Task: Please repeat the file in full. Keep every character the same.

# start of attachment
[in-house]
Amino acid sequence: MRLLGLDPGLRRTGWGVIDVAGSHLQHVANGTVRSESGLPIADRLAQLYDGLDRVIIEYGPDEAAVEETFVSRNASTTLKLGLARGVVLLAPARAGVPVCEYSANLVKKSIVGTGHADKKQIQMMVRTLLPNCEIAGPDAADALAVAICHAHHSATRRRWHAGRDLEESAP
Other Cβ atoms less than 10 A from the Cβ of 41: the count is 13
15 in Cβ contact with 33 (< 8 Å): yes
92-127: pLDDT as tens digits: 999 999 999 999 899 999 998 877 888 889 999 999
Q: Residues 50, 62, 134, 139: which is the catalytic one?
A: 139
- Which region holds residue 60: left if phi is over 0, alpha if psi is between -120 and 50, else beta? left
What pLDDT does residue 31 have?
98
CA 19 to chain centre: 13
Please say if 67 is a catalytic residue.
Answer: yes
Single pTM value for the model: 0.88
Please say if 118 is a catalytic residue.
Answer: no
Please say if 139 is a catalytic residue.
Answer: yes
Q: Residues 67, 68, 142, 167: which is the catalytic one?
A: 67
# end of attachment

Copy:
[in-house]
Amino acid sequence: MRLLGLDPGLRRTGWGVIDVAGSHLQHVANGTVRSESGLPIADRLAQLYDGLDRVIIEYGPDEAAVEETFVSRNASTTLKLGLARGVVLLAPARAGVPVCEYSANLVKKSIVGTGHADKKQIQMMVRTLLPNCEIAGPDAADALAVAICHAHHSATRRRWHAGRDLEESAP
Other Cβ atoms less than 10 A from the Cβ of 41: the count is 13
15 in Cβ contact with 33 (< 8 Å): yes
92-127: pLDDT as tens digits: 999 999 999 999 899 999 998 877 888 889 999 999
Q: Residues 50, 62, 134, 139: which is the catalytic one?
A: 139
- Which region holds residue 60: left if phi is over 0, alpha if psi is between -120 and 50, else beta? left
What pLDDT does residue 31 have?
98
CA 19 to chain centre: 13
Please say if 67 is a catalytic residue.
Answer: yes
Single pTM value for the model: 0.88
Please say if 118 is a catalytic residue.
Answer: no
Please say if 139 is a catalytic residue.
Answer: yes
Q: Residues 67, 68, 142, 167: which is the catalytic one?
A: 67